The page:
Song Stories: Hurricane


Our oldest loves this book called “Kiki and Coco in Paris,” a book about a girl and her doll exploring the sites of the ever lovely city of Paris. I keep telling my oldest how one day, if possible, I will take her there, just her and I and her doll. We'll stuff our faces with pastries and take in as much art as humanly possible. We'll sit beneath the sparkly gaze of the Eiffel Tower, my girl and I. The book ends with Kiki saying “Je t'aime” Coco, and the doll says back “Je t'aime Kiki”. So of course that is now what Amelie and I say to each other many nights.

“Je t’aime, Amelie”

“Je t’aime, Momma”

But then came November 13th, the tower became a symbol of remembrance and we, along with the world, ached for Paris.

I was in London on November 13th, when the bombs went off and shooters attacked. The sadness was substantial - it walked with everyone down the street, plastered on every news channel in shops and bars. It stirred the fears of past events, made people afraid for the future, and it was the first time I was terrified to go home.

My mind filled with thoughts about 9/11, Columbine, Brussels, Arvada, Kabul, and the list going on and on, I don’t even know a fraction of the dates or cities. It is easy to get depressed with the world because there is so much pain, so much loss, an outrageous amount of hate for the fellow man all contained on a small spinning sphere. It is hard to raise children in this kind of world, not knowing what they may face, knowing they are sheltered and safe right now, but tomorrow? And what about the mother I saw in that photo online? She was crying as her children clung to her, they had just made it to Greece but lost family in the water. A whole ocean holding loved ones in the deep dark.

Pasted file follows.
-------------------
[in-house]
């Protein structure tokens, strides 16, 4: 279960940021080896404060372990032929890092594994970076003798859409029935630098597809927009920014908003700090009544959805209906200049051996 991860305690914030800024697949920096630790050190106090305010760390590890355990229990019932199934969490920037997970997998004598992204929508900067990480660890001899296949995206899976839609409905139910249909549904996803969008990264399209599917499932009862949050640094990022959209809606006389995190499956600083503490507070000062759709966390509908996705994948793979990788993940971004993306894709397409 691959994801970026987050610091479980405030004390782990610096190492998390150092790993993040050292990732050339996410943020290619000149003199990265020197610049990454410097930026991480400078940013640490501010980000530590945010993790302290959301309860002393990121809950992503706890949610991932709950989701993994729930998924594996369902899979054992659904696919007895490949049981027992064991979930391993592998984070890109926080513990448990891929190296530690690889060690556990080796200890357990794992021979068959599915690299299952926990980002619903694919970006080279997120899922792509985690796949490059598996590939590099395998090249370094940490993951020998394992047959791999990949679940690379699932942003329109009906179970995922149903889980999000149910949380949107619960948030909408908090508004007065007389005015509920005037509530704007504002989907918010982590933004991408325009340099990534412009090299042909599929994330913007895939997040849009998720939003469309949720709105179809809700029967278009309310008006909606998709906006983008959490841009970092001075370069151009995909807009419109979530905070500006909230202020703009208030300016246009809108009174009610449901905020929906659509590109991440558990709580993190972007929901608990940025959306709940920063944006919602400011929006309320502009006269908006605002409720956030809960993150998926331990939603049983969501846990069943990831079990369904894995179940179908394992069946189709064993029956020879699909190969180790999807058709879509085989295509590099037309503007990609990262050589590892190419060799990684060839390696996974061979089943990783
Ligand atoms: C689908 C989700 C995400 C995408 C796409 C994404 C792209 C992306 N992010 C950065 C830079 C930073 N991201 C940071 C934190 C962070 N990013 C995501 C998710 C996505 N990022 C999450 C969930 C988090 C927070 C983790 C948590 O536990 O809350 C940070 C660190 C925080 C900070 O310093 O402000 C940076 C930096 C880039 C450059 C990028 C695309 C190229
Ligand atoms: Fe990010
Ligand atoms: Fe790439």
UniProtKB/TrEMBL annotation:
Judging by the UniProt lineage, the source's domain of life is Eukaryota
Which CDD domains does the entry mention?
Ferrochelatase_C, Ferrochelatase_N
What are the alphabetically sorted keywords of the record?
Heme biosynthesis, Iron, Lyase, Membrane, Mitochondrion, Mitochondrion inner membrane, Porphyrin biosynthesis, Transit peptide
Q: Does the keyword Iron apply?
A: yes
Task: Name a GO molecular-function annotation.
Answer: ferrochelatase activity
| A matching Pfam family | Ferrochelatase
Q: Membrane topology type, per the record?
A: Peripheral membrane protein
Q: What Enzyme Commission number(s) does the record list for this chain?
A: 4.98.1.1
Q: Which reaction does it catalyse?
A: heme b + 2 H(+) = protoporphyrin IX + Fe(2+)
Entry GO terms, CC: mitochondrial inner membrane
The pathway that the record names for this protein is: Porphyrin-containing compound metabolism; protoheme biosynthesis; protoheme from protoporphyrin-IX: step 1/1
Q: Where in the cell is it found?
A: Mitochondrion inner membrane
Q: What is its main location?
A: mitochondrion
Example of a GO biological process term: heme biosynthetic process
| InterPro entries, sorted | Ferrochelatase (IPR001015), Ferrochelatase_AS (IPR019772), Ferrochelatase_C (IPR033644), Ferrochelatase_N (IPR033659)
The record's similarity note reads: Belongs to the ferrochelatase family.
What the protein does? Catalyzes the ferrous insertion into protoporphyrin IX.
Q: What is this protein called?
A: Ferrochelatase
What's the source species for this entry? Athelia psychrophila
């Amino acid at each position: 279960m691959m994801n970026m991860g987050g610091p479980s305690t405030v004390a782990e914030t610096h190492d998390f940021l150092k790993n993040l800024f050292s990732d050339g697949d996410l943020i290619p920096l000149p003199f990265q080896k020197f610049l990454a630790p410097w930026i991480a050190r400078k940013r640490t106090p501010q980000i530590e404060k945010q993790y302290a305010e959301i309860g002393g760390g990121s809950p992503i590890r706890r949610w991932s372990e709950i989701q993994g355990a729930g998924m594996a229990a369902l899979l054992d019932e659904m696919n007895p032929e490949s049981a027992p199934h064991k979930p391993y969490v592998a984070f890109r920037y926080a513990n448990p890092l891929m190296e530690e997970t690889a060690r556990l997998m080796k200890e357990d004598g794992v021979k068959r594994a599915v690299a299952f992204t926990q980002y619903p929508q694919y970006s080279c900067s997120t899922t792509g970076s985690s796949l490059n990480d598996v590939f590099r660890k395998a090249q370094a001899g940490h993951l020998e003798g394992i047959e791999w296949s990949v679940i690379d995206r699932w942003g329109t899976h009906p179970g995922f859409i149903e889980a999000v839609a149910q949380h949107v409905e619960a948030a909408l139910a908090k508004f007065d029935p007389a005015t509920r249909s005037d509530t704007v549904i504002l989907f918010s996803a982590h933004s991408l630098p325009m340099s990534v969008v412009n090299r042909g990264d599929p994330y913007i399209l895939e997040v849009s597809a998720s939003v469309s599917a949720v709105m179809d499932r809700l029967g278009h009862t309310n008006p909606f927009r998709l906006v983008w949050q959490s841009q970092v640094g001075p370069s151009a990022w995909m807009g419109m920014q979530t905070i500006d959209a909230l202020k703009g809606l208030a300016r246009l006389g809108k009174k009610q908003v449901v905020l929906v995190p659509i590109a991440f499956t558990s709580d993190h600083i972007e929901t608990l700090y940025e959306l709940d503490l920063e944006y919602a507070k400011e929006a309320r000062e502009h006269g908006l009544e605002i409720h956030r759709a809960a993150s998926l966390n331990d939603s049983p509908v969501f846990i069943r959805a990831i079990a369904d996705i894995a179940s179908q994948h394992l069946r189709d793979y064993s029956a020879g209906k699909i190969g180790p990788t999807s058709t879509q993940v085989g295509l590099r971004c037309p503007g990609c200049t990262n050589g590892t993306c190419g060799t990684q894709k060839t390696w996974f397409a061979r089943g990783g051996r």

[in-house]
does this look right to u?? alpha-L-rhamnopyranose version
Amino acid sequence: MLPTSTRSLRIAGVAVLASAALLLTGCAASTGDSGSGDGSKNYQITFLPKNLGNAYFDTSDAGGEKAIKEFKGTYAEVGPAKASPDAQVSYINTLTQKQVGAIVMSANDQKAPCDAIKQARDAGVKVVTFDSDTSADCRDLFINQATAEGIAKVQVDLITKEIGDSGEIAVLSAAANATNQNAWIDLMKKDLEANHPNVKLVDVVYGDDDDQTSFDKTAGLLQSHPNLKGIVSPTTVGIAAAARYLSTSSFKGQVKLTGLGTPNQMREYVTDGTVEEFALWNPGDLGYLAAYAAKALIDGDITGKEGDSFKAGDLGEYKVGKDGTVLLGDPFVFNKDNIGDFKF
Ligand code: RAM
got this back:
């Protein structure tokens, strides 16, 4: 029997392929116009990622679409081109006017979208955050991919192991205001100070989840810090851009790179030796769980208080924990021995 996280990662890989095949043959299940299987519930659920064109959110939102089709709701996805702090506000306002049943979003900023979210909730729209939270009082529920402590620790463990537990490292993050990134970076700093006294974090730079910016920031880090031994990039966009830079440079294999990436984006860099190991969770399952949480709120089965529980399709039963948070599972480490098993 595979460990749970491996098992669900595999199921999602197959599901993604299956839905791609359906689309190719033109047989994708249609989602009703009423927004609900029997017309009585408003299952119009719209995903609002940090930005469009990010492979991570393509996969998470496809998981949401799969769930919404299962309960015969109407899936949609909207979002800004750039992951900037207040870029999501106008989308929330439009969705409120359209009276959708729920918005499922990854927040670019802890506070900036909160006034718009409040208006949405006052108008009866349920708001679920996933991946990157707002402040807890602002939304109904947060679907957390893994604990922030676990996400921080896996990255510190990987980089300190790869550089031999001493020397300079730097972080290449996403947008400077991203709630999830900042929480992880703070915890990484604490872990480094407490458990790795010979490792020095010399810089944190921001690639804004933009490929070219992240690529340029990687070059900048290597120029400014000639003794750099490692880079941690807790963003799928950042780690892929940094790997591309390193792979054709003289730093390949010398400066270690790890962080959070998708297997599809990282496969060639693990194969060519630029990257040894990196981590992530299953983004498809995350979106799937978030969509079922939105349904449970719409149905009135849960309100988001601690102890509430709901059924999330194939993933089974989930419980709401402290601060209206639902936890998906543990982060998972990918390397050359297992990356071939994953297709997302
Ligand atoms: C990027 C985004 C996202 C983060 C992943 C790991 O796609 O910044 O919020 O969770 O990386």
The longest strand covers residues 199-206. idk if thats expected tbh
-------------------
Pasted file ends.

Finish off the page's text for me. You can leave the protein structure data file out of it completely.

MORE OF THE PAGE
I felt defeated when we came back from London, felt the world would never change, these stories would go on forever. But I was sitting in my kitchen when I received a text, and it was from my daughter’s kindergarten teacher. It was a photo, the children drew flowers, and with them were the words “love is stronger than hate.”

I needed that drawing, in all it’s scribble and innocence. I realized in a world that so often feels like hell, I do see vivid love all around me. It is present in my girls, present in the people I see on my street each day; in the nurse taking care of her patients, the lawyer fighting for good day in and day out. It grows in the homes built for low-income families and gardens planted to help a neighborhood. Love is found when a friend is forgiven, spouse held close, when you see the other. A friend attends a church where the people adopted an entire orphanage of children – they saw a need, knew they had to do something, and just took action. Just like that. Some others do this thing called a “love flash mob” and raised over a million dollars to help refugees (they did this twice!), that is some strength, that is some generous, very present, vivid love. I thought about my incredible friend, Vickie, who started an organization called We Welcome Refugees, encouraging people to open their arms to the stranger, equipping them to help people start over, asking those who say they believe in love to put action to words. There is a radical love growing, we can often miss it because pain and fear feel so big, so devastating. But when we put our hands to goodness, helping where help is needed, being selfless, turning our lives upside down for someone else, it affects anyone standing in close proximity and spreads.

I sat down at the piano, feeling this strong love rise in my bones, and wrote a song called “Hurricane.” I sang that song at the top of my lungs, hoping the energy and words would attach to the atoms taking flight and somehow people around me and across the ocean could feel it. I see a love amid the hate, people building something good amid the wreckage. Love is stronger than hate, I desperately hope you can feel it.